A couple of weeks ago I wrote about Toyota's Warranties in Canada, and there is a specific part of it that is worth to talk more: wearable components. If you plan to own your car for more than five years or even if you are considering to buy a used car, it is vital that you are aware of the additional expected wearable components you will carry on with your vehicle. In this article, not the specific costs, but the anticipated period of replacement:
Wearable Mechanical Components (designed to wear)
It may sound weird at first, but there are parts of a vehicle that are conceived to last a specific period of time. And there is a very logical reason for it: the mechanical implications that connect a car with the road surface.
Components like the engine, the transmission, the A/C as many other, do not interact directly with the ground or receive a direct "impact" from the actual vehicle displacement from one place to the another. On the other hand, mechanical components like the wheels, shock absorbers, springs, brakes and so, these do have a direct and somehow "hard" interaction with the vehicle movement, the road, potholes, and bumps.
By a simple look, you can say that the rubber tire is the only part of a vehicle that interacts directly with the ground, but it is merely one of the components of the suspension system of a car.
So, if we compare one next to the other makes it very clear for manufacturers to predict and estimate it's long-term behavior. Just by analyzing it superficially, you could say that:
- Components that do not wear: For example, an engine is expected to last up to 300,000 km and more after regular use and proper maintenance as specified by the engine manufacturer. These are tested though but under the same conditions that would be on a vehicle (protected by the suspension system and more).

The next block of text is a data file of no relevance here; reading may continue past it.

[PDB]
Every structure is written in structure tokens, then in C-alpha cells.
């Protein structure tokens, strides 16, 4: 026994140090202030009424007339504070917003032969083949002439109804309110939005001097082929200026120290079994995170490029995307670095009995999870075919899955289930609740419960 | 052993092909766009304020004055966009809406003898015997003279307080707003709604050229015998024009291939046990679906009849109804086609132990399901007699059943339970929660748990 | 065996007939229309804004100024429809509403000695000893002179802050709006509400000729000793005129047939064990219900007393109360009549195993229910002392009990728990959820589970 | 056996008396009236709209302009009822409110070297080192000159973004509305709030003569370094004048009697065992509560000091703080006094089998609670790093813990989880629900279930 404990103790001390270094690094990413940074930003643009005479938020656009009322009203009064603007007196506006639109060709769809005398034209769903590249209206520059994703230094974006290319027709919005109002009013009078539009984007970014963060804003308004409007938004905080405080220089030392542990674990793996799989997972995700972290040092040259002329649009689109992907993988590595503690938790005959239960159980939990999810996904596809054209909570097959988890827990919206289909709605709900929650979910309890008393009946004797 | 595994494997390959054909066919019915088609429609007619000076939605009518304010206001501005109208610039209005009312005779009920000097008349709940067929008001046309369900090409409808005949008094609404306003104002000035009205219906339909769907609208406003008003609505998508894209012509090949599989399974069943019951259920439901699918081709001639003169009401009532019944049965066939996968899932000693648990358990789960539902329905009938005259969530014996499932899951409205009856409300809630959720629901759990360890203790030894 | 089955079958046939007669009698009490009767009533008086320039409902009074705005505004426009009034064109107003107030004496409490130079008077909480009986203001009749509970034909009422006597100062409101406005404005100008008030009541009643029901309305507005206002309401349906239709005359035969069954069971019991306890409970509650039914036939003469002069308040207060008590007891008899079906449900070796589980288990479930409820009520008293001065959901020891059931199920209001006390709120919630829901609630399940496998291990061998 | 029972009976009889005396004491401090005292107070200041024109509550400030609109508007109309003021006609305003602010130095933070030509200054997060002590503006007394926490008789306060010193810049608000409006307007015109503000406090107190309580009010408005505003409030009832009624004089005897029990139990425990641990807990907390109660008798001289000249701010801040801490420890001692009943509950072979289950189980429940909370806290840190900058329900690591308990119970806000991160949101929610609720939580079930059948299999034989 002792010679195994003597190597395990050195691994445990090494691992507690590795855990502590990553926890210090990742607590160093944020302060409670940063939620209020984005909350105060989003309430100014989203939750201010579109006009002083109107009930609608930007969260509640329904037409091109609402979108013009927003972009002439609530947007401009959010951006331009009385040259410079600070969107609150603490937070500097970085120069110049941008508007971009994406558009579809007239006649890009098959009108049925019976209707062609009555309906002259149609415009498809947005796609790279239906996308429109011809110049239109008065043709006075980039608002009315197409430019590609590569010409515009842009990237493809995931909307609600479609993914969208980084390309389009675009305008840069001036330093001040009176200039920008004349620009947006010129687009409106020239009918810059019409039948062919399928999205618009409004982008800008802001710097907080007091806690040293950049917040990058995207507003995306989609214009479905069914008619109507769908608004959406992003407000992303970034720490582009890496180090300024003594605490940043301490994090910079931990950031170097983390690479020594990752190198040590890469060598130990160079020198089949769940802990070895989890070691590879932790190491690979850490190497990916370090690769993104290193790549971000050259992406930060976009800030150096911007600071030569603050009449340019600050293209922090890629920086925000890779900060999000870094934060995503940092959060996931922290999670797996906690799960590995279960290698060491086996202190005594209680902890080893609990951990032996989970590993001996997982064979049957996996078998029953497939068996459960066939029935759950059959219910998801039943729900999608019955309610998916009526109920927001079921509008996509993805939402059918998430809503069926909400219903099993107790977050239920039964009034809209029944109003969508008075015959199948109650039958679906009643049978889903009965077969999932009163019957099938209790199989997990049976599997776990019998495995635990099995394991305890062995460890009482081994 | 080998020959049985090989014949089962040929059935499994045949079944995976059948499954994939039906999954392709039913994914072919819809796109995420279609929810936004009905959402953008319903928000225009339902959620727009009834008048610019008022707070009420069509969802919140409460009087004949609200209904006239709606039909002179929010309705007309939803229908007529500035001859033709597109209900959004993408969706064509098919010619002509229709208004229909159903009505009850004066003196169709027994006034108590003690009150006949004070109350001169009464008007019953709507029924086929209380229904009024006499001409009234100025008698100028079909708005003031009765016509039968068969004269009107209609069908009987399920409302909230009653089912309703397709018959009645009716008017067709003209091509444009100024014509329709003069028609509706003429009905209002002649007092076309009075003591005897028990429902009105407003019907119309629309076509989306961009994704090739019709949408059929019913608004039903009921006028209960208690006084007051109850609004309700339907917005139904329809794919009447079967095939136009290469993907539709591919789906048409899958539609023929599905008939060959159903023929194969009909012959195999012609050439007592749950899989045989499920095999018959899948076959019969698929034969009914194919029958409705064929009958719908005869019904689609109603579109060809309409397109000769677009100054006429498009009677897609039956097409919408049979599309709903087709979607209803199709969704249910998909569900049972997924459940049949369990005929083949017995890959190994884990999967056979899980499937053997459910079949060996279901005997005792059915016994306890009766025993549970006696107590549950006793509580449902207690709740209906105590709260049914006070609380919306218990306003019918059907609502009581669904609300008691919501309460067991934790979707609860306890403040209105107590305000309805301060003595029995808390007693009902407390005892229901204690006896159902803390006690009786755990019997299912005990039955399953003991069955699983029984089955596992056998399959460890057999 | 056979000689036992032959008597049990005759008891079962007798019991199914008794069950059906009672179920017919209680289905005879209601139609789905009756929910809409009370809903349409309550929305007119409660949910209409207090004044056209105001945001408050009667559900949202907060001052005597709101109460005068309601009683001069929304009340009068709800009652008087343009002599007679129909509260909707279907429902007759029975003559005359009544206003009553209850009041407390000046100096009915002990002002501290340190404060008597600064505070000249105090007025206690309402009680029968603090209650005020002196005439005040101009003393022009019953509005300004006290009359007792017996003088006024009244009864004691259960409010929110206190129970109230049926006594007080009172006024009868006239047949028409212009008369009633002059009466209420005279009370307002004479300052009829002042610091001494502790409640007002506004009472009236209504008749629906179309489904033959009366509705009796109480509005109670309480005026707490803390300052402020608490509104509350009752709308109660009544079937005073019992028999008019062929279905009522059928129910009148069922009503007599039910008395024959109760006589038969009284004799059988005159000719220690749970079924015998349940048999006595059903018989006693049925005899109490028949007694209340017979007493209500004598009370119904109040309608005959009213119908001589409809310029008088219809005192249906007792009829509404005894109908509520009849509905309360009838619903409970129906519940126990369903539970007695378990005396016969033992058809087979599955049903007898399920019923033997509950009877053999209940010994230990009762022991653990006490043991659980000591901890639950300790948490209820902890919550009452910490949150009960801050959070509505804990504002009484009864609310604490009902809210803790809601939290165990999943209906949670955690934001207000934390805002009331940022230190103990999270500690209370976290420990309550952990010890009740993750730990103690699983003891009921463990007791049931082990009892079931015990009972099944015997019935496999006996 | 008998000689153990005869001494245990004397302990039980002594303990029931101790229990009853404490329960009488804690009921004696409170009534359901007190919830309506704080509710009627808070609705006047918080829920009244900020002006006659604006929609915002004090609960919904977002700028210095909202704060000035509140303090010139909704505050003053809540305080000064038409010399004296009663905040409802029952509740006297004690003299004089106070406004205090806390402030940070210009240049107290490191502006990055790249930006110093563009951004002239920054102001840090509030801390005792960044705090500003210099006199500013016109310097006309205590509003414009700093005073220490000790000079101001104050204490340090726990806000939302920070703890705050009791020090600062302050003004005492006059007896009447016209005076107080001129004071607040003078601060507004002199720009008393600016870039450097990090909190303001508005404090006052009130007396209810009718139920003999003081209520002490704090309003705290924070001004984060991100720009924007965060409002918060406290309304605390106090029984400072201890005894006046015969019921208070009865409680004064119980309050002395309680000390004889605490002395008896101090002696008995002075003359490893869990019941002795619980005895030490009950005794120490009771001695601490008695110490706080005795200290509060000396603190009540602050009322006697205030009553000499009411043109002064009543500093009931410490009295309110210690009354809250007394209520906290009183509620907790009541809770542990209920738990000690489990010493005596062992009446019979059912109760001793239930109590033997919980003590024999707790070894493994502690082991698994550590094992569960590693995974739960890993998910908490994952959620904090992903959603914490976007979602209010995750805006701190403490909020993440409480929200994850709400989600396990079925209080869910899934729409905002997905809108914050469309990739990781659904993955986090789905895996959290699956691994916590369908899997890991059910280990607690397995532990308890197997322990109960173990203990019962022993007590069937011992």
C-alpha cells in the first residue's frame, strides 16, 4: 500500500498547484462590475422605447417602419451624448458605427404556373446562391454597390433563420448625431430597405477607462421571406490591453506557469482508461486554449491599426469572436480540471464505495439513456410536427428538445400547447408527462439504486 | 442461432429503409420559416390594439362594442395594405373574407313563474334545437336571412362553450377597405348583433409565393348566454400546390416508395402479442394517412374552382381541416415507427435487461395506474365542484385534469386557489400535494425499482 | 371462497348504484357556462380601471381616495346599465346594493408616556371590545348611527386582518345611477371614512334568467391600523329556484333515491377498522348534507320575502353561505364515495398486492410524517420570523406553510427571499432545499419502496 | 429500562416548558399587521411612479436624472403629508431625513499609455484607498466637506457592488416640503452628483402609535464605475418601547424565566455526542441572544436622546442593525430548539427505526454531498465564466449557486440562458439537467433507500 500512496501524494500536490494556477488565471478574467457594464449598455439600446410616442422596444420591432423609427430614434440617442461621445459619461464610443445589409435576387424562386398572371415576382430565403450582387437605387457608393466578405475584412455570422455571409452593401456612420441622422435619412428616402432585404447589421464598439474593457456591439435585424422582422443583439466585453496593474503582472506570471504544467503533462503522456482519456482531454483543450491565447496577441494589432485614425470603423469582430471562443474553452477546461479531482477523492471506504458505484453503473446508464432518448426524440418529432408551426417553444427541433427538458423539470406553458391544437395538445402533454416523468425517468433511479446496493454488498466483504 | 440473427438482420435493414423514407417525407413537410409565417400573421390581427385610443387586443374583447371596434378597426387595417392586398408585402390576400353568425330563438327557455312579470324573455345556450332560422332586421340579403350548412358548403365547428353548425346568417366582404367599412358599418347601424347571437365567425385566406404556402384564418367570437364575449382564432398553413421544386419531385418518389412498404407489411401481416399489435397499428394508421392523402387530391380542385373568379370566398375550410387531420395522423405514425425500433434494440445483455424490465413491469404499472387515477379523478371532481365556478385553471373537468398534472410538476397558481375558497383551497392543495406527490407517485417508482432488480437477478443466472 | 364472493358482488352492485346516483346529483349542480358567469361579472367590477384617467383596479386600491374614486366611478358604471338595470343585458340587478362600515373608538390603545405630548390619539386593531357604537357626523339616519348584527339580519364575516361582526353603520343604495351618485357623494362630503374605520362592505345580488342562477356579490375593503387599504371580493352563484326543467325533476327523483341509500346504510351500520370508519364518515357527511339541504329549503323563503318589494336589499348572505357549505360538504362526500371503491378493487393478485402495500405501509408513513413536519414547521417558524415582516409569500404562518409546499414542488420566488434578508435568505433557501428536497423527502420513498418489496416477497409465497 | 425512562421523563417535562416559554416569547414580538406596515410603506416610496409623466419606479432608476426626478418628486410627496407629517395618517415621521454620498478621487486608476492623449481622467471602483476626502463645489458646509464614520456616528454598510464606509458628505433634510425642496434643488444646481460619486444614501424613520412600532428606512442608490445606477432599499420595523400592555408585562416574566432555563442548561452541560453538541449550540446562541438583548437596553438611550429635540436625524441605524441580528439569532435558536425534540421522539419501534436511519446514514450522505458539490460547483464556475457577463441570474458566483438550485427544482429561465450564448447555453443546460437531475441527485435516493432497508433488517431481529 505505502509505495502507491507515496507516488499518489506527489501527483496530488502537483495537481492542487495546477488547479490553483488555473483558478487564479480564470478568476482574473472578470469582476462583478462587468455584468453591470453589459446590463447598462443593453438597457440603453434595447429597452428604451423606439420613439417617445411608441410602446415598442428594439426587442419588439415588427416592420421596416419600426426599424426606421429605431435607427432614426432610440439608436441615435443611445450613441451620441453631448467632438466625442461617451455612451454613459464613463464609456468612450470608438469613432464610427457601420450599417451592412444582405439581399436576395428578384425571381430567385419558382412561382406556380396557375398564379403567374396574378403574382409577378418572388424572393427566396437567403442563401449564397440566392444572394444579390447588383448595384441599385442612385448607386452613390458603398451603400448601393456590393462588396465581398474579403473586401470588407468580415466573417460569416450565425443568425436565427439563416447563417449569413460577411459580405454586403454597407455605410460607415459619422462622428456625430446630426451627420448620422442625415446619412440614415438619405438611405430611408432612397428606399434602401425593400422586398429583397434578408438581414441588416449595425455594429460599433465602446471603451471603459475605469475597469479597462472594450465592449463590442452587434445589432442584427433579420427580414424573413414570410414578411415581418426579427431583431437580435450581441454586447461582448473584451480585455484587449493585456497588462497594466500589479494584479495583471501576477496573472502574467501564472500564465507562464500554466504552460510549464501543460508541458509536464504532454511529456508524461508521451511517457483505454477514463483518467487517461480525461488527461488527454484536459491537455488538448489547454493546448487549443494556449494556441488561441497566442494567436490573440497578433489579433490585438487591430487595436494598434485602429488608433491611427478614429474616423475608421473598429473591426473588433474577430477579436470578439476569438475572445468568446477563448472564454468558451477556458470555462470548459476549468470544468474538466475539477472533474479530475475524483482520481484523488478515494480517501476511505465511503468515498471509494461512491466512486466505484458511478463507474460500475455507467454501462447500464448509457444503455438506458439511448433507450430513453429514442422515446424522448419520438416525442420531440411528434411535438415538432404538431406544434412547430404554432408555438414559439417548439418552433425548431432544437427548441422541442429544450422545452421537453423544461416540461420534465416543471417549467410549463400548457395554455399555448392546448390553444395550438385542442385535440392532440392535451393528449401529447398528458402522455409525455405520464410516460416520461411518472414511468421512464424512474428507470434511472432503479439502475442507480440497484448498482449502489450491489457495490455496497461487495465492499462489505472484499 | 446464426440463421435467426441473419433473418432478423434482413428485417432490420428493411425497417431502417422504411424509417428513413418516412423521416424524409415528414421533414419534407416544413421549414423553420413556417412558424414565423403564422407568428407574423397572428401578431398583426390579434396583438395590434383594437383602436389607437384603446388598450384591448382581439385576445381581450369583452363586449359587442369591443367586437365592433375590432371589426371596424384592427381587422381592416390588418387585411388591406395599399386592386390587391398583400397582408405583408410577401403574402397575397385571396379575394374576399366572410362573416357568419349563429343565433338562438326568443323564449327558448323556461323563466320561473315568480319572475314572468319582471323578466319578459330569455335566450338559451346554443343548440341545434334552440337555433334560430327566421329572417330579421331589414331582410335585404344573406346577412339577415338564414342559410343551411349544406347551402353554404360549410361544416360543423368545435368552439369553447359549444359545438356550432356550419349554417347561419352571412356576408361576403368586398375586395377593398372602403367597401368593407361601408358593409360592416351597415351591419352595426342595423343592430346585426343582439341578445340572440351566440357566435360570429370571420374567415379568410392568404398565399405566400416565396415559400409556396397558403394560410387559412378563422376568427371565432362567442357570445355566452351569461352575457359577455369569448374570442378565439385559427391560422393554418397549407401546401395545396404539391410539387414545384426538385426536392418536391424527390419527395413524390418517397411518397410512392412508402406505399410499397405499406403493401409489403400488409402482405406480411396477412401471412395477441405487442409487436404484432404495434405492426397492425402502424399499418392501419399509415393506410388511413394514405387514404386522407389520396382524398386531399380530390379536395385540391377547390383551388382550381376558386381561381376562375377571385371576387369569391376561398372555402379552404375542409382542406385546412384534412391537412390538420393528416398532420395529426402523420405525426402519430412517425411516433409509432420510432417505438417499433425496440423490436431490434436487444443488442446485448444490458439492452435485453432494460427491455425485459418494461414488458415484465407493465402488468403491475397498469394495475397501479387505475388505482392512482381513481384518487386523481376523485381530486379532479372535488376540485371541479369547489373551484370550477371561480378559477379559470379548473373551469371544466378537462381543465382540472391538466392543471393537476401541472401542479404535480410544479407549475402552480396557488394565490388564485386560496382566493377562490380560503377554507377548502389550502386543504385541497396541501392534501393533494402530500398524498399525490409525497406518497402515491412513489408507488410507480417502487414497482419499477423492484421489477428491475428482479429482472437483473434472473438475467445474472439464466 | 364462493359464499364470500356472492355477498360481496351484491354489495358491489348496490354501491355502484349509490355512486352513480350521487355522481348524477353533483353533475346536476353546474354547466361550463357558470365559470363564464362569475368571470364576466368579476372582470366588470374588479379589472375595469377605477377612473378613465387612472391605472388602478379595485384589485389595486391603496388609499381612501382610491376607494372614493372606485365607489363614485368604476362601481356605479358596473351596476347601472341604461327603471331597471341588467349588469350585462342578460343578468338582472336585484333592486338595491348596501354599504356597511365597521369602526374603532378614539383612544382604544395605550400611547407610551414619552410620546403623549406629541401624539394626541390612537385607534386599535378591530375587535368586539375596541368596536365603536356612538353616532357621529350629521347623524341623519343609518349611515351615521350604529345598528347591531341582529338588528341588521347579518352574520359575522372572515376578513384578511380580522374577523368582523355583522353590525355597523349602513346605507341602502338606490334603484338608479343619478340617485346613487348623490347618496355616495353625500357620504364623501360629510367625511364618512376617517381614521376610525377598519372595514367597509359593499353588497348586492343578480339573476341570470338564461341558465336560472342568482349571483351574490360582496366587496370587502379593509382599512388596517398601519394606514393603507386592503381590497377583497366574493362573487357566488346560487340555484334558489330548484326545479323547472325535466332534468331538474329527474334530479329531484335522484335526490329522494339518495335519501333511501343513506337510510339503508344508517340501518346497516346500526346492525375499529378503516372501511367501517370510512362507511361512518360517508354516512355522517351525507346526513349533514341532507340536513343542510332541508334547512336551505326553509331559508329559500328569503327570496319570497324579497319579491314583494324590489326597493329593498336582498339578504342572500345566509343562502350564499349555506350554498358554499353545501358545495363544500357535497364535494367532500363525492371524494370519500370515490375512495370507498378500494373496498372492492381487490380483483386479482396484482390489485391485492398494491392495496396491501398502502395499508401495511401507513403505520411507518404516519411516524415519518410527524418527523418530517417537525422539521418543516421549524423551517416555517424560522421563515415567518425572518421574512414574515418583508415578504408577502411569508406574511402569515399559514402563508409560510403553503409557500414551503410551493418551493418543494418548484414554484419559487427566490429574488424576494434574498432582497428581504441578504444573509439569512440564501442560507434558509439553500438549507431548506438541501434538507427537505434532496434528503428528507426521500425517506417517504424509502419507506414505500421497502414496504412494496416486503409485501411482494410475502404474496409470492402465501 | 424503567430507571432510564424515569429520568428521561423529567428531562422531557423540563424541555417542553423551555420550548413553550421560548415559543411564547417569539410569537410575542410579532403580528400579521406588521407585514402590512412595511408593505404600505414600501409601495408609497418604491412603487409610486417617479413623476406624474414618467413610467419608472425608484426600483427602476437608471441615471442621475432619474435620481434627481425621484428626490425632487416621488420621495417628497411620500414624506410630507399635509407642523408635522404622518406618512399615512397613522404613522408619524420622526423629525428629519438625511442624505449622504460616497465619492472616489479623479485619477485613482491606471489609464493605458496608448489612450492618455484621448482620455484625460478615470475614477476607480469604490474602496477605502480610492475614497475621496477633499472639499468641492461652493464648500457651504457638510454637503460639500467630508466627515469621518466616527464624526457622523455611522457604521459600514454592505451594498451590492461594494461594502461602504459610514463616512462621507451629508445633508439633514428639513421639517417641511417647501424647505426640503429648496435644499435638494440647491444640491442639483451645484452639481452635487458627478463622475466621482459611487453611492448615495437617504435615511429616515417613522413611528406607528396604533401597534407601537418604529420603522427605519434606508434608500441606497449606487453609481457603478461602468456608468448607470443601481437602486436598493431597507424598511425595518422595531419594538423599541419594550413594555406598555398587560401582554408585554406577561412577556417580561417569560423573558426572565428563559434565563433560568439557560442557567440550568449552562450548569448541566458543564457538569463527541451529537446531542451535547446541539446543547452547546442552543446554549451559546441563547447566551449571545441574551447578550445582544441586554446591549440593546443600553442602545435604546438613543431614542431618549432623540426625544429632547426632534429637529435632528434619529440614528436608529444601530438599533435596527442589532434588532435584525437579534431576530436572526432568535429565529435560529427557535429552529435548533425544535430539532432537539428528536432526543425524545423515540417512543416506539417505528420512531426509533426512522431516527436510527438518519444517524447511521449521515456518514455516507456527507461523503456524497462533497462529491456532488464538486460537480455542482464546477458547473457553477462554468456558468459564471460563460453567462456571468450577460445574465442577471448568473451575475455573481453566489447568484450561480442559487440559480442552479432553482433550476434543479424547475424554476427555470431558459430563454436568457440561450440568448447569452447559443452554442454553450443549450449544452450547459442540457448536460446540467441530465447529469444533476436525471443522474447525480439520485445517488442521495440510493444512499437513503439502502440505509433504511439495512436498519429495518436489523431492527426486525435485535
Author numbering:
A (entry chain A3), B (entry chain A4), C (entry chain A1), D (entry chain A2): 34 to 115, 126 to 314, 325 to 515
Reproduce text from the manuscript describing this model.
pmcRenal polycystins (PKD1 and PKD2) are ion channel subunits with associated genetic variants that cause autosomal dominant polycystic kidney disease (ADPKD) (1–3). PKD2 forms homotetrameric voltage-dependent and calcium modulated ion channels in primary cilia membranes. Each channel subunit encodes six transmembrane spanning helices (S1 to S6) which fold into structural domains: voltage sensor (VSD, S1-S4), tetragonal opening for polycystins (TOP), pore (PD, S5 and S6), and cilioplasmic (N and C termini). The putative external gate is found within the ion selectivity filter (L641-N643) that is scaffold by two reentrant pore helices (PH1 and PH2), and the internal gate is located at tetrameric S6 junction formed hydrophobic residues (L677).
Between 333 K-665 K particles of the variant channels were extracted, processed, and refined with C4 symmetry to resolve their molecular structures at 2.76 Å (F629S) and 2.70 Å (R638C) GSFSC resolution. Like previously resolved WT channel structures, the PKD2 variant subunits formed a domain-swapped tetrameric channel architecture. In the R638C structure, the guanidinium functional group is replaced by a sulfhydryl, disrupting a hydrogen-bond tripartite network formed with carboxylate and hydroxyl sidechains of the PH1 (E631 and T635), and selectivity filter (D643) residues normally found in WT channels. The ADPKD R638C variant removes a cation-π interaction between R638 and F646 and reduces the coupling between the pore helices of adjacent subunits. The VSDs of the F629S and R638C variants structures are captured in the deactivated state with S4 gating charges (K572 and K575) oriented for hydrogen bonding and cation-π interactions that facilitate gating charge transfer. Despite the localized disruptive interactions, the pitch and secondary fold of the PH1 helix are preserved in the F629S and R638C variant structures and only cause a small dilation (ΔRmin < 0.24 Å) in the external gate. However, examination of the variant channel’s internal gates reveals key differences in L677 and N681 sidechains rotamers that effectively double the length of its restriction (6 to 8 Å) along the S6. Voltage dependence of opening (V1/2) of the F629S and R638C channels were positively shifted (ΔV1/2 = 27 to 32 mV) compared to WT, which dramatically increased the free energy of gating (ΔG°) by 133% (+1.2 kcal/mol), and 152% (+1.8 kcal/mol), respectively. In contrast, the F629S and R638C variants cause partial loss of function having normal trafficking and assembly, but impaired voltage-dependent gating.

- Components that interact with the road (direct/indirectly): Basically the suspension and braking systems, where many parts wear differently based on driving habits, road conditions, and the specific vehicle use.
Now, which are these? Although all these component are covered during the first year (or 20,000km) of the vehicle, these are
- Shock Absorbers: every 75,000km - 100,000 km (each car has 4)
- Springs: every 75,000km - 150,000km (each car has 4)
- Clutch System (Manual clutch disc lining, pressure plate bushings, and throw-out bearings): every 120,000km - 175,000km (each manual car has 1)
- Brake rotors and drums + brake linings and pads: every 75,000km (75k, 150k, 225km...) (each car has 4)
- Batteries & cables: Although not that mechanical, I list it here because it is the core of the electrical system and a vital part for the proper mechanical functioning of the vehicle. It has to be replaced every 3 - 5 years on average. (each car has 1)
- Light bulbs: Although light bulbs durability has improved a lot in the last decades and most manufacturers are switching to LED lights, bulbs last on average 3 to 6 years.
Body Parts, Paint & Glass
Although all these are not directly related to the vehicle mechanics, the "exterior" of every car is usually the responsibility of you (and your insurance), not the manufacturer. This is why I separate these on a second list, and the actual durability of these is utterly unpredictable regarding replacement, but basically, everything is designed to last as long as the vehicle does. Unless, of course, you break it:
- All glass (mirrors, heated windshields and rear windows with defroster), body parts (including frame) & paint.
- Fog lamps, lenses, sealed beams & lamps. (without the light bulbs)
- Bumpers, bright metal & sheet metal.
- Seat frames, convertible top, moldings, weather-strips, carpet & upholstery.
- Non-manufacturer installed accessories.
My conclusion so far is that even after knowing this you may think a new car is always the best option but that depends on so many things. So I would suggest you give it a read to my article Leasing a 350CAD/month SUV is the Same as Buying a 16.000 Used One.